Since U.S. college graduates earn $1 million more on average than workers who are not college graduates, investors can bet on them like on a corporation by providing funding for them in exchange for a percentage of their future income.

Students are funding the investment in their future − a degree from an expensive American university − as a business would: by resorting to loans or selling a portion of their capital. This is an idea that has been circulating lately on Wall Street. Companies sell their shares on the stock market; students can sell their intellectual capital. Since U.S. college graduates earn $1 million dollars more on average than non-college graduates, investors can bet on them like on a corporation by providing funding for them in exchange for a percentage of their future income. Unlike loans, which must always be repaid according to a fixed schedule, this plan would have you pay only once you obtain a well-paying job. If you are very successful, you are going to pay more.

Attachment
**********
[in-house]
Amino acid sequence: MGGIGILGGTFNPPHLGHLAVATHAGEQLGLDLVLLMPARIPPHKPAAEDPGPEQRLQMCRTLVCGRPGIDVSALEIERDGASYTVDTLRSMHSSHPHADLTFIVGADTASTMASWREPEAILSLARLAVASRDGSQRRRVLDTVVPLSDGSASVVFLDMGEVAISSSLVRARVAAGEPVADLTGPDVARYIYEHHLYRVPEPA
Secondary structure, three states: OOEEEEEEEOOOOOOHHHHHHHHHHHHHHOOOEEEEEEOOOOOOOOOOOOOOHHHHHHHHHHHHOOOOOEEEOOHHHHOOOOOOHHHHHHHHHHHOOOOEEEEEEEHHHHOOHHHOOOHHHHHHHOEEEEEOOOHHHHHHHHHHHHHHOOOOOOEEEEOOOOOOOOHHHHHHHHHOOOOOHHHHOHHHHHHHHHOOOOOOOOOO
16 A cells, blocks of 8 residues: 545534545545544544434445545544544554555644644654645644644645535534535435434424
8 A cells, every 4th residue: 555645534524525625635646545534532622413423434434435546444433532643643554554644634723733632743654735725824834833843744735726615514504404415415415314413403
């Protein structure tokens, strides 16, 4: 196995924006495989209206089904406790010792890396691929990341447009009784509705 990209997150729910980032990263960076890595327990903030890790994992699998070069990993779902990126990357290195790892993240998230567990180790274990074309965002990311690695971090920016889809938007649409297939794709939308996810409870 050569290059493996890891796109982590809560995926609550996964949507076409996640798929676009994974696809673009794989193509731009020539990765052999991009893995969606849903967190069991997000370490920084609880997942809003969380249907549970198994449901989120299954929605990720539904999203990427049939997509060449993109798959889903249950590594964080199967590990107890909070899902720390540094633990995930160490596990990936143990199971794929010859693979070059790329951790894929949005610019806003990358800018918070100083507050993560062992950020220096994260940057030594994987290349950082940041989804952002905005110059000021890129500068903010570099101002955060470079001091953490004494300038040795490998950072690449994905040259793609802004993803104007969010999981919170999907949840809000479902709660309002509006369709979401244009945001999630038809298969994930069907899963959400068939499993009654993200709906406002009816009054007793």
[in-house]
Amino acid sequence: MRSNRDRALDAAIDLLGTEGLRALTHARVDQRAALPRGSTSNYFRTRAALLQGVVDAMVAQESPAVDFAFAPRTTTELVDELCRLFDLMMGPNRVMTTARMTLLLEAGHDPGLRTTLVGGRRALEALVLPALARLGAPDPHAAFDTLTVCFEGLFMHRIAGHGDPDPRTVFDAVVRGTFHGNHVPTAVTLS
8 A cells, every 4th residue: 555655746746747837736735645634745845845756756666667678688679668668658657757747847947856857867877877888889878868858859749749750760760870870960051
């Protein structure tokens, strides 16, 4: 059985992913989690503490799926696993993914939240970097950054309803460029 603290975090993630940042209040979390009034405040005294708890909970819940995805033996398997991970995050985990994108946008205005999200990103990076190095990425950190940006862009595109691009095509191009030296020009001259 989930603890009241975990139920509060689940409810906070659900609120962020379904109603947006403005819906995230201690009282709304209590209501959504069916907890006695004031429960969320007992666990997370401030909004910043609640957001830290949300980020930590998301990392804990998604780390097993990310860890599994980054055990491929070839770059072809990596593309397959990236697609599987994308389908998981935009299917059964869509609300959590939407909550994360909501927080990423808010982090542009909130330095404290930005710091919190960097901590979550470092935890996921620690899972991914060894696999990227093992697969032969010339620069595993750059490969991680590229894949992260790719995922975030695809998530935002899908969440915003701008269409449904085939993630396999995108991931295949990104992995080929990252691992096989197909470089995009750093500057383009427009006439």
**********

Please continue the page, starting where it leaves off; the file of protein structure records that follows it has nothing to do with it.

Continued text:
We are not talking about science fiction here. Institutes such as Purdue University in Indiana, Norwich University in Vermont and the University of Utah have already adopted mechanisms of this kind which are known as income-share agreements. For example, the agreement at Purdue University stipulates that, once a minimum income threshold is met, English majors will pay 4.5% of their earnings for every $10,000 they received, whereas engineers (who are supposed to have a higher income) will pay 2.5% for seven years. This situation is almost incomprehensible for us. We often criticize the quality of our higher education, but (aside from the fact that, alongside poor quality universities, several other worthy ones are growing and are even internationally renowned) we do not sufficiently consider the value of an education that is available nearly for free. In the U.S., where a year of college can easily cost $70,000 (public colleges charge half as much) regardless of the institute's quality, students often graduate with loans amounting to $200,000 or $300,000, a burden comparable to shouldering a house mortgage. American students owe more than $1.5 trillion in student loans. Many have likened this credit bubble to the subprime mortgages of 11 years ago, even though, should this one burst, its effects ought to be less severe than the 2008 crisis. However, the bubble needs to be deflated, and here Wall Street sees an opportunity for profit, a profit made by turning professional training, dreams, careers, promotions and firings into shares to be placed on the market.